John Franklin Truex, William Jewell graduate and long-time member of the Board of Trustees, passed away Wed., Feb. 25.
While attending Jewell, Truex was a member of the Kappa Alpha Order, and he received the highest honor the fraternity has to offer, the Knight Commander’s Accolade, in 2004. Truex was also the student body president and was admitted into the honors fraternity AEONS in a year when there were only two members inducted. As a senior, he was selected as General Alexander Doniphan, the senior man with the most potential for great achievement. Truex received his bachelor of arts in 1947.
Truex continued to contribute to the College after graduation. Over the course of his lifetime, he served as National Alumni president, trustee and trustee emeritus, and staff member in fundraising. He was honored in 1969 with Jewell’s highest alumni honor, the Achievement Award. In 1996, the Truex Lifetime Service Award was created in his honor.
President David Sallee delivered the memorial service message for Truex.
“John’s experience at Jewell shaped much of his adult life. His love for the College and the fraternity, coupled with his tendency toward a full-bore commitment and focus on what he deemed important, led him to be a very unusual alumnus. His commitment to the College never wavered,” Sallee said.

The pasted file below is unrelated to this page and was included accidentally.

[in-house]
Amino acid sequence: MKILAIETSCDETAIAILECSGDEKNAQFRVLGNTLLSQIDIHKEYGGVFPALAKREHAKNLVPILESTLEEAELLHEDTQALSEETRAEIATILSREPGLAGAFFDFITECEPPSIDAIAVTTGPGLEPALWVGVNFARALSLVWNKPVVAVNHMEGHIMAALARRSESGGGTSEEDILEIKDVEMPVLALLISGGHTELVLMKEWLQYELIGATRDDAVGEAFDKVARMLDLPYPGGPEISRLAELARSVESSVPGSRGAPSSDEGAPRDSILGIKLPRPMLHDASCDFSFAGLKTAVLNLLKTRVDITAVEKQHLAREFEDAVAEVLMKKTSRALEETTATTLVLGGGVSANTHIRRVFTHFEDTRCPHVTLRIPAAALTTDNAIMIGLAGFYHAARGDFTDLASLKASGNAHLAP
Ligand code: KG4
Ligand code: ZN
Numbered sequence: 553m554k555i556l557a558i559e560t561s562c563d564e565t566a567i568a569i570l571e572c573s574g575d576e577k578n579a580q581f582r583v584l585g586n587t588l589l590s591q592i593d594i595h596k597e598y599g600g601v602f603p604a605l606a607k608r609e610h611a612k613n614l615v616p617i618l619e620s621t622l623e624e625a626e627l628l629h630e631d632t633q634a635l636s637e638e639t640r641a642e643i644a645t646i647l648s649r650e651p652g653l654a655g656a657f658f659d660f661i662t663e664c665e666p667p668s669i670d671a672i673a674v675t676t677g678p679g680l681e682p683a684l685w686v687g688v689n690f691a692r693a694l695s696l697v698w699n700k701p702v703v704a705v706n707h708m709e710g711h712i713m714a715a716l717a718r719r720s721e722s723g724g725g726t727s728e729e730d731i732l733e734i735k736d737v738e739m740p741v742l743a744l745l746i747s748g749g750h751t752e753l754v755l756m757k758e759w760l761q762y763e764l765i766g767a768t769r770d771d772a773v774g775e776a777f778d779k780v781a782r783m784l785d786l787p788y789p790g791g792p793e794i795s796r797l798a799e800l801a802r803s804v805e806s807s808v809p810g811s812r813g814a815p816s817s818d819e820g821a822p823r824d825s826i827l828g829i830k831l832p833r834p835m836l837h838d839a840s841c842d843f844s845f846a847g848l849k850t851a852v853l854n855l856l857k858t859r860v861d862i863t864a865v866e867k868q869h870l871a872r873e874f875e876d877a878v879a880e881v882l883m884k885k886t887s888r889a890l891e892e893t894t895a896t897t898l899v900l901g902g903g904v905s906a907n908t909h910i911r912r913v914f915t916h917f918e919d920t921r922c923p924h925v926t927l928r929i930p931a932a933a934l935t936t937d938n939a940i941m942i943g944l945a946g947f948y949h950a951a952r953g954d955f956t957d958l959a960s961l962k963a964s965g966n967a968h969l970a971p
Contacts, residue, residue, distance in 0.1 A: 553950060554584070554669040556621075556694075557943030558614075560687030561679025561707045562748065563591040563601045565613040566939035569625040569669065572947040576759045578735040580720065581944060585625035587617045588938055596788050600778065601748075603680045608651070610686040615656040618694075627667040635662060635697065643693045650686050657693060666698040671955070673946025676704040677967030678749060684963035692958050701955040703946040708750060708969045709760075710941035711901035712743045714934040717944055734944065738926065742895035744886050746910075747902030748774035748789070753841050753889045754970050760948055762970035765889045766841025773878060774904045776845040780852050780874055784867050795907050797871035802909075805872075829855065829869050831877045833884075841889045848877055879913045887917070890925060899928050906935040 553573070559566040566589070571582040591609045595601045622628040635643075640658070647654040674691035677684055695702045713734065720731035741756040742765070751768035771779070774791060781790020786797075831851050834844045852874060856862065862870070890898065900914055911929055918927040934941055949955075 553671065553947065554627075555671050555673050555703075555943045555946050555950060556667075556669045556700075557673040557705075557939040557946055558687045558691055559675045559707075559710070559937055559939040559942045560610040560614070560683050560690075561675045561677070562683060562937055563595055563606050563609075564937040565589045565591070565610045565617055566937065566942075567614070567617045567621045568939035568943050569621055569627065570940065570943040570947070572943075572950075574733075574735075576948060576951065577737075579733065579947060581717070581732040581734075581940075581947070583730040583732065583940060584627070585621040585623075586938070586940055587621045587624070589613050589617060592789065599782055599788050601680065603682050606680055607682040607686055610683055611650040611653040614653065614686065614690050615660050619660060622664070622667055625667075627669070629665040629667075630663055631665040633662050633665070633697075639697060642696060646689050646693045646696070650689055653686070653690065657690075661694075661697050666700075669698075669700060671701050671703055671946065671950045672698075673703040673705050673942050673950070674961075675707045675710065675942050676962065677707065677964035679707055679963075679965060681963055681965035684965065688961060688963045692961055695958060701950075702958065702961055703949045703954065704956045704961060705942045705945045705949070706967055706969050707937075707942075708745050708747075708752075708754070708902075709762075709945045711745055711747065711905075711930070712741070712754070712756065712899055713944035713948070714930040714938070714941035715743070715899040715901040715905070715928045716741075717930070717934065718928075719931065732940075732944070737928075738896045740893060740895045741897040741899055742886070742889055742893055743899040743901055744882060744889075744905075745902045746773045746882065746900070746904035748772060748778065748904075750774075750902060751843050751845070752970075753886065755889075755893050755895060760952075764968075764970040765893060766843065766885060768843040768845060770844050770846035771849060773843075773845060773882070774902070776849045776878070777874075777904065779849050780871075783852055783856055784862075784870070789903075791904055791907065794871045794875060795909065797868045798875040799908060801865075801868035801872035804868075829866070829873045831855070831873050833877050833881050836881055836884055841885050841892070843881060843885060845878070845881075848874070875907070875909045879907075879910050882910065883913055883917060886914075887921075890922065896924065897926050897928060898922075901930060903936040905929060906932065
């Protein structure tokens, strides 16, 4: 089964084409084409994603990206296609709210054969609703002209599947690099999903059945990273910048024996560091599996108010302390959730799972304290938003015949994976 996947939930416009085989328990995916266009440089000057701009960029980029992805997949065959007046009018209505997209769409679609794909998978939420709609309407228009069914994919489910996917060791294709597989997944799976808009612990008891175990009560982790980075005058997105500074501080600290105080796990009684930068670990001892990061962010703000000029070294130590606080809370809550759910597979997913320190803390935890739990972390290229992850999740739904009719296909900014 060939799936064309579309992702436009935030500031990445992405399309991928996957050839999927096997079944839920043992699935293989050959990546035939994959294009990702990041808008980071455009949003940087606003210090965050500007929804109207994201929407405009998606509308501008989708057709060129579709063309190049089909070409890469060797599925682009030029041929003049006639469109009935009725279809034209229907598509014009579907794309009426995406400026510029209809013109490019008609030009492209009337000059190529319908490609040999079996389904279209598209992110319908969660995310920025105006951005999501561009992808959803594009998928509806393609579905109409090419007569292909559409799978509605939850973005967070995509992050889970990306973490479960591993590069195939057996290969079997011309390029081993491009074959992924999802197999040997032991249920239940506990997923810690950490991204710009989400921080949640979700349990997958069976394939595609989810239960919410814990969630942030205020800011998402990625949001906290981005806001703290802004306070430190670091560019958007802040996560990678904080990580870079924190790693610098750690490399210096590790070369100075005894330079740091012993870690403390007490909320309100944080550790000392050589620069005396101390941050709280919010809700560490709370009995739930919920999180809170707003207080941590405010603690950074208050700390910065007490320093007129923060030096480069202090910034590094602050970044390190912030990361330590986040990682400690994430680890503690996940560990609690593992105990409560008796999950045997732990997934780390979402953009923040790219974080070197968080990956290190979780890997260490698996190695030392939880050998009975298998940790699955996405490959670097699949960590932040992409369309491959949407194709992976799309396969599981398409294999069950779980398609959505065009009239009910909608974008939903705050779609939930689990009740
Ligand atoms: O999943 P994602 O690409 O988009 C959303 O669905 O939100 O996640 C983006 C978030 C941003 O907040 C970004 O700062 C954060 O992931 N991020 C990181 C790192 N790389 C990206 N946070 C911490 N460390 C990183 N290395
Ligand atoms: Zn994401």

Over his lifetime, Truex served in the military and earned a Bronze Star as a tank commander in World War II. Truex then worked for Trans World Airlines. He served as regional vice-president in Kansas City and St. Louis, and then as corporate vice president of the company in New York until his retirement in 1982. Truex was also a deacon in a Baptist church for over 55 years.
“John Truex was much admired. We don’t often hear the word ‘admiration’ today. A person may be liked or respected, but admired is a different thing. It says more than being well-liked; it says more than being respected; it says more than being appreciated. It is the combination of all those and that combination adds up to far more than any one of them. People admired John Truex,” Dr. Sallee said.
Photo c/o Liberty Tribune.